I picked up a second hand Akai MPC 2500 a few ago and after tricking it out with the full 128mb of ram, a 40gb hard drive and jjosxl I’ve been having great fun breaking my musical shackles from the computer.
Ok, so the MPC is a computer but the hands on tactile feel make the whole experience much different and I’ve found the learning curve minimal given I have a strong background in music technology although I’m sure I still have much to learn as jjosxl seems to be quite deep.
Here are a few tracks I’ve uploaded to Youtube from the last week or two staring the Akai MPC 2500, Korg MS-20 Mini, Korg Volca Keys, Korg Electribe EMX1, Oberheim Matrix 1000, EMU E5000 Ultra, Roland TR-707 and a bit of delay and reverb.
I’ve been trying a few different methods of connecting modern hard drives to my E-MU sampler. My aim, to reduce the noise to an absolute minimum with the side benefit of possible requiring less power from the ageing PSU.
One of the quirks of the e-mu e5000 ultra and other samplers in the range, is that the power output header on the motherboard for internal hard disks has had it’s pins reversed in order of a standard PC. Plugging in a hard drive to the sampler and turning it on without modifying the power cable will result in +12v being where your hard drive expected +5v and a puff of magic smoke will signal the death of your hard drive.
SATA to IDE coverters
I tried several different converters without success until I came across the WinTech 93205-GB which worked great with standard 2.5″ spinning SATA disks but although SATA SSD drives were detected by the sampler they were not able to be formatted or accessed when pre-formatted as FAT.
The WinTech has a slide switch to select between host and device. Device was selected.
The fix for the reverse power connection was simple, clip through all the cables and connect the red to the yellow and the yellow to the red, swap the ground cables and test with a multimeter to make sure I hadn’t made any mistakes. I took this opportunity to also solder in the tiny 5v power connector for the WinTech in series from the 5v power cable and ground.
To connect the hard drive to the case I used a 2.5″ to 3.5″ mounting bracket with rubber washer to reduce vibration noise and fixed to the top mounting holes for a 3.5″ disk.
Lovely, barely a sound and worked flawlessly.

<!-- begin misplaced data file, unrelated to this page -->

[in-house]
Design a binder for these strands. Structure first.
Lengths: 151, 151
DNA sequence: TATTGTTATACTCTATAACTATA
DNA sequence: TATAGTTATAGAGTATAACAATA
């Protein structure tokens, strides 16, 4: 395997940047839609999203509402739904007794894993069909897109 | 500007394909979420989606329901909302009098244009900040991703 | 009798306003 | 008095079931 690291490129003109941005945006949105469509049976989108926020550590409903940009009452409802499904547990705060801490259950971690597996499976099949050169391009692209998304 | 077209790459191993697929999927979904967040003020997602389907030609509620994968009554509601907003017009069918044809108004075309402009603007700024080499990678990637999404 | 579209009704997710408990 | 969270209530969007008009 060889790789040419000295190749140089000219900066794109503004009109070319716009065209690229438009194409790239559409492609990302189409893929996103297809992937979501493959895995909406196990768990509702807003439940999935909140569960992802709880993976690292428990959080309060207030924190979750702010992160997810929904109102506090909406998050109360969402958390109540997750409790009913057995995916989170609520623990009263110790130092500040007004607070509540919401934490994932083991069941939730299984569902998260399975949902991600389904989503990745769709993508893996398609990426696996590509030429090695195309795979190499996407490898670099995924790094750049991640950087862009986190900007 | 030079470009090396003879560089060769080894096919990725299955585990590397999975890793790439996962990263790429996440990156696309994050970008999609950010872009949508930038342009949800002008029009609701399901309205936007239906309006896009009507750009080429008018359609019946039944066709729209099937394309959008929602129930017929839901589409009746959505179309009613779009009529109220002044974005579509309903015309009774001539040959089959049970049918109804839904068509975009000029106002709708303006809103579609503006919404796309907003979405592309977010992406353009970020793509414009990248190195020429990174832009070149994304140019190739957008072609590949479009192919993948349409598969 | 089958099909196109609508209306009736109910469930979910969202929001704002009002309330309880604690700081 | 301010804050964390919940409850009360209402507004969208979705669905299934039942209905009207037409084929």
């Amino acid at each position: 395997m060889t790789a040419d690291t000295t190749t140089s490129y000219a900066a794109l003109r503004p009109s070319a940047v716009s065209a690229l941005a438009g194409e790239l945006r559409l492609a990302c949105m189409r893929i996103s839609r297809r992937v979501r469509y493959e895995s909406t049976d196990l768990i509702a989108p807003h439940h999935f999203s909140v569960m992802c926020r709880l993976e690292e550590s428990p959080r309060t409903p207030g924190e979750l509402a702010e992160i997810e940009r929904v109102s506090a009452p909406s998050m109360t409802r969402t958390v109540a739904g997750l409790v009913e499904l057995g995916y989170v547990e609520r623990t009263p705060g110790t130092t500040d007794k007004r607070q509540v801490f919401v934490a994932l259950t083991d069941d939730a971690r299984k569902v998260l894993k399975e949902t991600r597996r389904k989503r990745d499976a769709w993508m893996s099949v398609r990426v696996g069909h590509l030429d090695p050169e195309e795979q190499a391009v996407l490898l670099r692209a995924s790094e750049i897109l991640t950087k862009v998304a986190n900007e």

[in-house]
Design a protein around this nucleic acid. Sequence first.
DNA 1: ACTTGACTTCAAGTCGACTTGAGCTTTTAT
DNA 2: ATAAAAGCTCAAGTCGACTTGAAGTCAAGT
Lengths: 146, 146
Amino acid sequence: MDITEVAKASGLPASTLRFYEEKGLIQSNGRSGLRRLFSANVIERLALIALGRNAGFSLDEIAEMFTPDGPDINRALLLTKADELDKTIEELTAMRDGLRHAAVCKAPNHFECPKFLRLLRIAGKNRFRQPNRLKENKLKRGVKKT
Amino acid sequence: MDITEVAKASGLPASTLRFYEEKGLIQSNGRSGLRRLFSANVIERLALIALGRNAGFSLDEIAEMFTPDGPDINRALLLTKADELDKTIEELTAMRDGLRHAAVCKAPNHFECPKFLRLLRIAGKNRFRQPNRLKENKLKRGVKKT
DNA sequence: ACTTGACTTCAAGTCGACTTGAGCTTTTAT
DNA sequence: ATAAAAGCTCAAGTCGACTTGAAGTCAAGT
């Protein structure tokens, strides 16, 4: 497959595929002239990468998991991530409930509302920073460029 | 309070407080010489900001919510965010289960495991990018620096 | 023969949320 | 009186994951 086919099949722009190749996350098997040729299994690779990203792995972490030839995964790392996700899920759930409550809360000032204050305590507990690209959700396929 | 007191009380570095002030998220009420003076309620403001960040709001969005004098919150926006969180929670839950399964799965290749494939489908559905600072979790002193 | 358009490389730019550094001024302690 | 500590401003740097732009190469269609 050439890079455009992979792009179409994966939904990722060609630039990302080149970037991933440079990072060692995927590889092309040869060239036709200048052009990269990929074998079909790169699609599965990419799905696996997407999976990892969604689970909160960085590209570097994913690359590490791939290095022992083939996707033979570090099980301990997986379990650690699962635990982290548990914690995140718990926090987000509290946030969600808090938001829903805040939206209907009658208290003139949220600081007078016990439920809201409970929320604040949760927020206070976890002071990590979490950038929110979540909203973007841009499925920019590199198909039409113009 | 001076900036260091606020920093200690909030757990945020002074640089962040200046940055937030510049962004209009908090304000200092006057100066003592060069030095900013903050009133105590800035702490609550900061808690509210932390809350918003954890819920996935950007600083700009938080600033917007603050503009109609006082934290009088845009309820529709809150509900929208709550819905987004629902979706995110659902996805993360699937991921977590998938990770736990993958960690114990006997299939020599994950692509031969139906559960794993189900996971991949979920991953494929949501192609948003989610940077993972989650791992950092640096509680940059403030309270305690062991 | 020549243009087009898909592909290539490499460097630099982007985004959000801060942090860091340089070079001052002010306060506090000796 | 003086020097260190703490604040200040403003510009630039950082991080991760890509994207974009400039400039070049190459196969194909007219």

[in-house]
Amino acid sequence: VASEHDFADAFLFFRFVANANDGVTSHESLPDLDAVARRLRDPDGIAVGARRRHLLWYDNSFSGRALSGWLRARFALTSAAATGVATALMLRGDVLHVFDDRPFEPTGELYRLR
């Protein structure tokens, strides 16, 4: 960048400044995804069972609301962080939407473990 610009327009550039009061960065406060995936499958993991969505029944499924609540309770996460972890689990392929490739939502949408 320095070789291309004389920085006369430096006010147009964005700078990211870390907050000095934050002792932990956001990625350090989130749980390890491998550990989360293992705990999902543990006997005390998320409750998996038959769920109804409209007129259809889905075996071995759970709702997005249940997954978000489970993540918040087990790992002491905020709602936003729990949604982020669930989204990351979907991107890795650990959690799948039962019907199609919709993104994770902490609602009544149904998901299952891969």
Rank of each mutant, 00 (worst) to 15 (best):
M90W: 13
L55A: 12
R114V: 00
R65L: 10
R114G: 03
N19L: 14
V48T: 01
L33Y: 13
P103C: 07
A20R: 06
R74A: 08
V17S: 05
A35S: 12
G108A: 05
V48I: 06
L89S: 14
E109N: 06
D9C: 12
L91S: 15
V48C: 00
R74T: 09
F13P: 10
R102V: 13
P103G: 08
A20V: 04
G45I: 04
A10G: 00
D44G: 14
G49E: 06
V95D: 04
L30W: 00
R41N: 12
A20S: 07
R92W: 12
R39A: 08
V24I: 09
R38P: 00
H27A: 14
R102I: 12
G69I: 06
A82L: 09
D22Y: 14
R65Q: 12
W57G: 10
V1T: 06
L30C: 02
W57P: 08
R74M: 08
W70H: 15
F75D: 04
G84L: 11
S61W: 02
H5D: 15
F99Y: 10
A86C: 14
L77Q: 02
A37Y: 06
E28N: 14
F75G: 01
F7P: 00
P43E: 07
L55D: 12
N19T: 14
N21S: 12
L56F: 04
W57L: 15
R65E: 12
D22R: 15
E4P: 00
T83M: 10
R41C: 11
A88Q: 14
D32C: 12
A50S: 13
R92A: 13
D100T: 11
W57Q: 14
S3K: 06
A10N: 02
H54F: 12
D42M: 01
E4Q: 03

I wanted more though.
I took to google in a quest to find myself a IDE/PATA SSD hoping that it just might work.
It’s worth keeping in mind that the large capacitors in power supplies can retain a charge for some considerable time after being powered off so make sure to wait at least a few hours with the machine turned off and unplugged before attempting access to the power supply. I’m probably over cautious but I’d like to wait at least a day.
Once an appropriate amount of time has passed, you can begin by removing the 7 screws holding the case lid in place, 2 on each side and then 3 at the top of the rear.
Now that you have access to the inside of the case, you can move to the back and start unscrewing the screws which hold the power supply housing in place. Make sure not to undo the two screws holding the fan in-place until after you have removed the power supply housing.
Now with a bit of jiggling you will be able to remove the power supply housing, be careful not to damage any of the cables which are threaded through the housing or the on off switch which is partially housed behind the power supply case but does not need to be removed.
You can now unplug the fan from the header pins on the motherboard and throw it in the bin. (Ok, you can keep it if you want to but why would you want to?)
Now that you have the power supply housing free it’s time to get busy with the Dremel. Try positioning your new fan over the grill to to see where it will fit best. You should be able to use two of the holes in the grill for two of your fan fixings.
Once you’ve got it nicely lined up you can try and use a felt tip or pencil to mark up a few guide lines and then cut out the section.
You’ll also need to drill two holes for the other two screws of the fan.
You can then attach the fan using the special rubber screws which dampen vibration noise. Any parts of the grill which remain exposed should be taped over to stop airflow. I’ve used clear tape here so it’s not visible in the picture.
The fan power cable will need to be plugged in backwards to the samplers motherboard, so clip off the two plastic burs on the connector.
Now connect the fan to the motherboard power header. The motherboard header has 4 pins but the fan only has 3 so you have to be careful to connect it the right way round.
If you are facing the rear of the sampler you want to plug the 3 pin fan connector in to the 3 pins on the left hand side of the motherboard connector, making sure that the side of the fan connector with the removed burs is touching the plastic side of the fan power header.
If you’ve got it the right way round you will be able to see that the yellow wire is going to “NC”, the red to “+12v” and the black to “grnd.”
You can now carefully reassemble the case screwing the rear fan grill back on with the two screws and nuts and then reattaching the power supply housing.
Reconnect the power plug and power on the sampler to make sure that the fan is spinning well and not making any noises. If all’s well, power off, screw the case back on and voila.
Enjoy the silky smooth sound of nothing. (Well virtually)
To properly silence this thing, I’ve also done a 2.5″ SATA to IDE mod on the E-MU so that I could get rid of the racket made by my external SCSI drive. I’ll try and document this when I get another free moment.